#14

Good point. When i was on a 56k modem, and it was 1996 everyone was amazed, happy, and in awe of “the interweb”.

AND NOBODY EVER CALLED ME. What a great era.


#15

I’ve noticed that the quality of interactions online in general has fallen drastically ever since the internet became cheaper. Weird. It’s almost as if… nevermind… lol.

Prime example of the “new age” of gaming that included massive toxicity is when the Xbox 360 first launched. Remember the voice comms in Halo 3 public matches? I sure do. It was really something…glad I still to this day have old VODs of those. People on here think OW is bad…whew, they’re lucky they missed out on those days then.


#16

Sorry to hear about that, OP. Unfortunately, the Internet is a combination of things that make people think they can behave badly :cold_sweat:

If you want to take a break, you’re more than welcome to! Let the summer crowd have its fun, then come back afterwards


#17

Have you ever thought of Counter-Strike: Global Offensive way of reporting players. Where when someone reports someone, the case get’s sent to “Overwatch” where a player of Gold+ will be able to watch 1/2 or 1/3 of the match and determine through watching the player whether he’s cheating, toxic, throwing, etc. After maybe 1000+ see the case and about 90% of people agree the guy is throwing then that guy get’s banned for however long. You should check it out as I think it would be a great addition to combat toxicity and hackers.


#18

Thing is, if someone wants to be right and proper butt in an MMORPG, you are under no compulsion to be around them. You can mute them, block them, and never participate with them again.

In Overwatch doing that is a bannable offense and the game actively punishes you for it. Like, imagine being a black man and having a team of 5 guys join your team who then proceed to talk in VC about the final solution for the African race.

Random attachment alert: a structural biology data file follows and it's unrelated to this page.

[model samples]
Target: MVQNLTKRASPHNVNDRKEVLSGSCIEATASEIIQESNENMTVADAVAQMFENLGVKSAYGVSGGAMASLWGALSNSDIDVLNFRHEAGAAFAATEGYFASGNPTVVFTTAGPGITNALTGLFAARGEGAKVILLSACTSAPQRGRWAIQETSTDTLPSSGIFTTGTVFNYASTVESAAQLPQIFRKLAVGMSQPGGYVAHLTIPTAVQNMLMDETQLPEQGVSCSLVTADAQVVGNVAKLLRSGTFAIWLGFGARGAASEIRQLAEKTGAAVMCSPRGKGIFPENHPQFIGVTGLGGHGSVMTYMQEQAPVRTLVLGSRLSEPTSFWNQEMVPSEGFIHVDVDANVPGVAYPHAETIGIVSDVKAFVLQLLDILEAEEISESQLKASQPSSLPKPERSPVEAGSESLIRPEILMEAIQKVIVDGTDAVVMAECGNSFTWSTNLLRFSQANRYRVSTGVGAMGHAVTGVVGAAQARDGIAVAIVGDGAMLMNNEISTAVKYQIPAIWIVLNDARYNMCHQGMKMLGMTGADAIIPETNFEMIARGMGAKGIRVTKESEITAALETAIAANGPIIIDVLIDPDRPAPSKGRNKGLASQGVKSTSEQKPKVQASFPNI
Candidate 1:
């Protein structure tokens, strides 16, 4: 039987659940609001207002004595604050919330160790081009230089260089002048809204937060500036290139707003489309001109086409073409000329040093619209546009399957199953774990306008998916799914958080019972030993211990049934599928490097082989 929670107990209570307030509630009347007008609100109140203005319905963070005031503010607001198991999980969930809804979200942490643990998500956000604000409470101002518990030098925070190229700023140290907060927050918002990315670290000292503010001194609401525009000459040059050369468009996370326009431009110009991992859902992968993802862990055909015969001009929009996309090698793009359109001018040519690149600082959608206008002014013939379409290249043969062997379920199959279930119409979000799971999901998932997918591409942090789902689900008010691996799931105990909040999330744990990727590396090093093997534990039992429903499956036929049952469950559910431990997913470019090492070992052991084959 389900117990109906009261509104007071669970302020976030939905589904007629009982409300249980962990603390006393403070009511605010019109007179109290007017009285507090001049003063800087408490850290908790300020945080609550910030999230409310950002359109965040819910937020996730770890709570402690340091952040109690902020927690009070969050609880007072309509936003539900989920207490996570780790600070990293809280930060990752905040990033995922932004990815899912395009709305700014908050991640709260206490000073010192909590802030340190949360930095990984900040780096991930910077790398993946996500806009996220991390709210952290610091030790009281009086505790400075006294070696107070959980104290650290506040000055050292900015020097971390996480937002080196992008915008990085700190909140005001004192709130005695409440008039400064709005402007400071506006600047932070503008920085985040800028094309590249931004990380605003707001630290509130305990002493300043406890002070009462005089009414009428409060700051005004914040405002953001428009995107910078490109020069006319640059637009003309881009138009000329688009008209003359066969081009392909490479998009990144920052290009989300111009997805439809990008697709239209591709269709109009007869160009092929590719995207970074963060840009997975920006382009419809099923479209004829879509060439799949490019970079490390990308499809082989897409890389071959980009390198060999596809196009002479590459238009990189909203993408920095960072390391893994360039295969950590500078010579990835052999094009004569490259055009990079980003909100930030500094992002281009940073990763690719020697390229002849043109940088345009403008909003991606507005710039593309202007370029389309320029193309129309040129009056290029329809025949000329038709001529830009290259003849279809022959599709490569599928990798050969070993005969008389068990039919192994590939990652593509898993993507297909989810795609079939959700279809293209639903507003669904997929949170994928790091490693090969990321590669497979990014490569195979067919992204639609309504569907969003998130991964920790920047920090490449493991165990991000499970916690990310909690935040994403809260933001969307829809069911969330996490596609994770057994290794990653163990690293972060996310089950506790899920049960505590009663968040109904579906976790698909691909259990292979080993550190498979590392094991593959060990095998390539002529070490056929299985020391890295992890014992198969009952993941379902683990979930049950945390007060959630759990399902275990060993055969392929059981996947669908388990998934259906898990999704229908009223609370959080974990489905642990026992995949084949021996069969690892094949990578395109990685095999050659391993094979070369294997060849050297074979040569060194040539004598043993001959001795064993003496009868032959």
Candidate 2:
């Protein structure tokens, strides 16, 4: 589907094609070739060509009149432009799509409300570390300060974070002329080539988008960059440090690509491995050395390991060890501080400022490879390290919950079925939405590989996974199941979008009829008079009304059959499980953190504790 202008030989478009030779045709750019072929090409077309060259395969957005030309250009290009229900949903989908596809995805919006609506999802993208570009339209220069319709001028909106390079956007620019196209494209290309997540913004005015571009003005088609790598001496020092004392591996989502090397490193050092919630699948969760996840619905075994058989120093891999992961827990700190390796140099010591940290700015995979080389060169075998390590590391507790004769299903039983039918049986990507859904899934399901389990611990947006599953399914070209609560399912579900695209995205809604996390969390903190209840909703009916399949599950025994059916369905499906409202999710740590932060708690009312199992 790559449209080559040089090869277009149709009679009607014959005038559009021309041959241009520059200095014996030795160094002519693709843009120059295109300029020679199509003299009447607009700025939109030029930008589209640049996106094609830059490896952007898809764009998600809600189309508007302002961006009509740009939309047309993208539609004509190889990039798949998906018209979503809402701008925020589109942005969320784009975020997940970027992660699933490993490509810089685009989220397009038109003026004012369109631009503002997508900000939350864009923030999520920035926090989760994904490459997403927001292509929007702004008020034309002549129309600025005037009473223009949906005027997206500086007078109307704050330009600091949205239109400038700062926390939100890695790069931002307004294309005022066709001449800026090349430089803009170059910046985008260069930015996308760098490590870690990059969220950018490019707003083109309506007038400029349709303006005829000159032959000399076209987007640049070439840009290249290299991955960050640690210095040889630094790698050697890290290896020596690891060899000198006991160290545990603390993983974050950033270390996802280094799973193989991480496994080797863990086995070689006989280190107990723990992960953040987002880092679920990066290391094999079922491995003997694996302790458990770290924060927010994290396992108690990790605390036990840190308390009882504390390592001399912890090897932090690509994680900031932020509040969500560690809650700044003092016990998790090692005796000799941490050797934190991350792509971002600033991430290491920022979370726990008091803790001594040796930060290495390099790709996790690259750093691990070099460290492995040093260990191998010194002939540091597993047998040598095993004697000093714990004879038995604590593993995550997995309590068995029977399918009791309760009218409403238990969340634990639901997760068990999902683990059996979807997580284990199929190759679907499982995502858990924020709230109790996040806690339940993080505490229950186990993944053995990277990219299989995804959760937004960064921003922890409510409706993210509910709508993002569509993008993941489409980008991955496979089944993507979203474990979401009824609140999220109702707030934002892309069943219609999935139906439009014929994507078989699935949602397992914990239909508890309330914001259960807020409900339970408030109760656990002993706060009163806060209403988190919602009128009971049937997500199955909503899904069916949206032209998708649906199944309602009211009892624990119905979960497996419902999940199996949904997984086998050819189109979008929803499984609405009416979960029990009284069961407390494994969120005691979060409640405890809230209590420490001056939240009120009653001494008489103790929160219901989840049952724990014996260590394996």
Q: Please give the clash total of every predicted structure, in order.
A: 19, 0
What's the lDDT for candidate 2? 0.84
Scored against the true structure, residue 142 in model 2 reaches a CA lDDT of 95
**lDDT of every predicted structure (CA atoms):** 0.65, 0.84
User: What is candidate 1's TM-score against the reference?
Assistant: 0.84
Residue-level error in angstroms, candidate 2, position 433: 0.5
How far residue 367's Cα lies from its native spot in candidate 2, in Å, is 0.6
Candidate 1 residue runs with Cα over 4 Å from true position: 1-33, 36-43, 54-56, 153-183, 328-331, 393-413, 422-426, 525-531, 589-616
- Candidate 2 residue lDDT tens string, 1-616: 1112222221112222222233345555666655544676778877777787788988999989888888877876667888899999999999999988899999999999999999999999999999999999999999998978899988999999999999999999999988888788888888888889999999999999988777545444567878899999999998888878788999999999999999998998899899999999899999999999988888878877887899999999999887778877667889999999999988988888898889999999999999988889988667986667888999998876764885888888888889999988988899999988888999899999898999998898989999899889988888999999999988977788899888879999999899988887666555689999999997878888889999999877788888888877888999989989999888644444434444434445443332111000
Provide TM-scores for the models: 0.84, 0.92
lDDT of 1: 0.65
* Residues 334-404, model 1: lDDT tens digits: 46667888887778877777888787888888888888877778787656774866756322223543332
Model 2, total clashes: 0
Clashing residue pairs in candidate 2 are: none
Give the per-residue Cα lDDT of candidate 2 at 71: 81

You can’t quit, that gets you punished. Turning off VC is a reportable offense for ‘refusing to communicate’.


#19

It’s OW, not the Daily Stormer. Even in my most toxic MMO/FPS matches/raids/etc…I’ve never heard that level of vitriol. That sounds more like the rhetoric you’d hear on a white supremacist forum, as opposed to a standard video game match.

Edit: If somebody was seriously behaving in a manner that terrible…most people (including myself) would likely just record it and send it in as a ticket, as opposed to using the standard report system. That type of rhetoric is likely to get you a permanent mute (if you’re talking about wanting groups exterminated/etc.)


#20

Monster Hunter is never toxic. Sure, you’ll get the odd people who cheat to get high tier armor or some guy who gives you crap about your weapon choice, but they are the exception by a large margin


#21

I was being hyperbolic on purpose, but if I had a nickle for the number of times I was called ‘worthless’ which is basically a milder version of being called a bundle of sticks?

Yeah.

Point’s still the same. Other games allow me to not have to interact with other players. I don’t suffer for it outside of maybe having to leave a group. They find someone else, no harm, no foul.

In Overwatch if I want to remove myself from a bad situation I have to concede that I’m getting a ‘leaver’ mark on my record, I can’t re-queue for another game, and everyone in the game I left is now incentivized to report me. And if this leads to an actual punishment, and I take it up with customer service?

We get told about how where there’s smoke, there’s fire so obviously I am the problem. Blizzard has both built a game that encourages bad behavior, and punishes people who don’t want to be around it, but doubles down by encouraging customer service reps to back up people who abuse the report system like a school yard bully who learns how to work the crowd to his defense.